Psyche Revived by Cupid's Kiss

A masterpiece by an Italian sculptor Antonio Canova. It is based on a myth about Cupid and Psyche. It is a romantic piece, characterized by high emotion. Once lived a king and queen who has a daughter named Psyche. She was so beautiful, that the locals venerated her as a goddess thus angering Venus, the real goddess of beauty who was known for her jealousy. Venus sent her son Cupid to kill Psyche, but he falls in love with her.  Psyche's father, in despair of seeing his daughter unmarried consult the oracle which tells him that horrible things will happen unless he abandons his daughter on a rock, which, of course, he willingly does. Psyche trembles on a rock and felt a gentle breeze... which was Cupid in disguise. He took her to a beautiful palace and made love to her every night forbidding her to see his face. From then on, every night, a gentle breeze comes into Psyches room to make love to her at night, forbidding her to turn the light on.... But, the curiosity! one night, Psyche lights a candle to see her lover's face and he flees in fair. Desperate, she goes to Venus to find her love. Venus, being a cruel jealous asshole she is, sends her to do difficult tasks. In the last quest, Psyche was supposed to bring a flask from the underworld without peeking inside. Of course, she peeks and falls into an eternal slumber from which she is awaken by a Cupid's kiss. Moved by such love, gods granted Psyche immortality and made her the goddess of Soul. Psyche is also depicted with butterfly wings because her name in Greek (Psuche) had dual meaning - soul and butterfly. Butterfly wings somehow symbolize immortality. Piff Poff. This story is supposed to symbolize the ordeals a soul has to go through to achieve happiness. Not sure how this fits into the today's world, but, oh well.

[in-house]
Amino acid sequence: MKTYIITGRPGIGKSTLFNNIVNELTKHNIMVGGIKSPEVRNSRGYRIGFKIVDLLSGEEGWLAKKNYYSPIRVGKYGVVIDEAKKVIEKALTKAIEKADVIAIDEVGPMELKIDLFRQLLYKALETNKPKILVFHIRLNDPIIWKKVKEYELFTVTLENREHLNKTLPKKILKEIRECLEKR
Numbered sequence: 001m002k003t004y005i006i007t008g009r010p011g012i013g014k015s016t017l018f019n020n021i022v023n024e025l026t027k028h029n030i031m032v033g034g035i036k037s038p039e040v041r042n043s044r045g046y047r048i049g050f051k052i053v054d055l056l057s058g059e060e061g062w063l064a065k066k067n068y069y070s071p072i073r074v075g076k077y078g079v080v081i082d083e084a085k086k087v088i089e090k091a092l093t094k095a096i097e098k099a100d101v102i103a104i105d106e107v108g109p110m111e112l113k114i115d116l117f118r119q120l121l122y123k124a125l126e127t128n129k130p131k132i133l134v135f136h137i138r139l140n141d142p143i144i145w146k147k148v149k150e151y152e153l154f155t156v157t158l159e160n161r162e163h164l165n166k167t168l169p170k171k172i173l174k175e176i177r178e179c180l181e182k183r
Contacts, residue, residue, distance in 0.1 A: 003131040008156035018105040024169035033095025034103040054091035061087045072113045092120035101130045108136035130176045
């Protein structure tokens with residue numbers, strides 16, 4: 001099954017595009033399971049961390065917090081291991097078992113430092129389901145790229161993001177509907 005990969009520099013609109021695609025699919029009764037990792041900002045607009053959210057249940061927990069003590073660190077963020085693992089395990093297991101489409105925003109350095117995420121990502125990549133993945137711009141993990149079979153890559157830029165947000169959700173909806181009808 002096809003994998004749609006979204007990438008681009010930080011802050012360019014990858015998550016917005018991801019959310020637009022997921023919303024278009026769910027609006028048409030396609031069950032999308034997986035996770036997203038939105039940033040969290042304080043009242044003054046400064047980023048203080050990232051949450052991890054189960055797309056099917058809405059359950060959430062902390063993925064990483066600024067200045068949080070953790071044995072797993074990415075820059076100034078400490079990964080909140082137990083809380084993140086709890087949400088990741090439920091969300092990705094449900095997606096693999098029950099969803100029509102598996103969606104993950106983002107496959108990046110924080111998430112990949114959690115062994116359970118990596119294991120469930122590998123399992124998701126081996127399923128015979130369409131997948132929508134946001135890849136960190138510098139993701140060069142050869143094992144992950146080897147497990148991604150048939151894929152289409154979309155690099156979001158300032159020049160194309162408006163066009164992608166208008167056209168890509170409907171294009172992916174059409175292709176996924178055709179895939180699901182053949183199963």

Cupid and Psyche: Psyche is a daughter of a king. She is so beautiful that the villagers forget their devotion to Venus - goddess of beauty. Venus gets angry and sends her son Cupid to revenge Psyche. But, he falls in love with her and marries her on one condition - she musn't look at his face. But she does and Cupid goes away. Psyche, in terrible pain, goes to Venus to beg to bring Cupid back. She just laughs and sends her on many impossible quests which she fullfills. The last one is to retrieve a box from the underworld...BUT she must not peak inside, which she does and falls into eternal slumber. Cupid, upon hearing this, flies to Psyche, kisses her to wake her up, they go to Jupiter to ask for divine status for Psyche, he agrees AND mom Venus is finally ok with their marriage because Psyche is now a goddess. Psuche means "soul" in greek and she is the goddess of the soul. 

There's a handle near Psyche's feet to move the base of the sculpture so it could revolve and be viewed from different angles. 

Antonio Canova carefully prepared for this sculpture - he studied anatomy, embracing couples and made numerous sketches before completing his final version. All his sketches and full-scale preparatory works, which was unusual of the time. He even used custom made curved tools so that he could reach into the tiniest caveats of his work. His mastery can be summed up in one slogan "Antonio Canova - when marble becomes flesh". One of the hardest materials on earth depicts one of the softest, most sensitive looking scenes. Canova was far from a starving artists - he received numerous prestigious commissions by the pope and aristocrats, had his own workshop full of helpers and lived quite well.

Antonio Canova was offered two court position - one Catherine II of Russia and Napoleon, but refused both saying that he was an independent artist and that "art was above politics".  

This work received great success though he had his critics. Their critics mostly complained that there is no fixed point from where the statue should be viewed , multiple points are possible. So, they argued, you're left running around the statue, not sure where to look. I'm not convinced about the soundness of this argument, other people also weren't convinced and his work was imitated, replicas and derivative works were made, the sculpture was even on snuffboxes.
 Some examples:
Calum Colvin (1936) - Cupid and Psyche

Auguste Rodin "Eternal Spring"

Snuffbox with Cupid and Psyche on it (1799)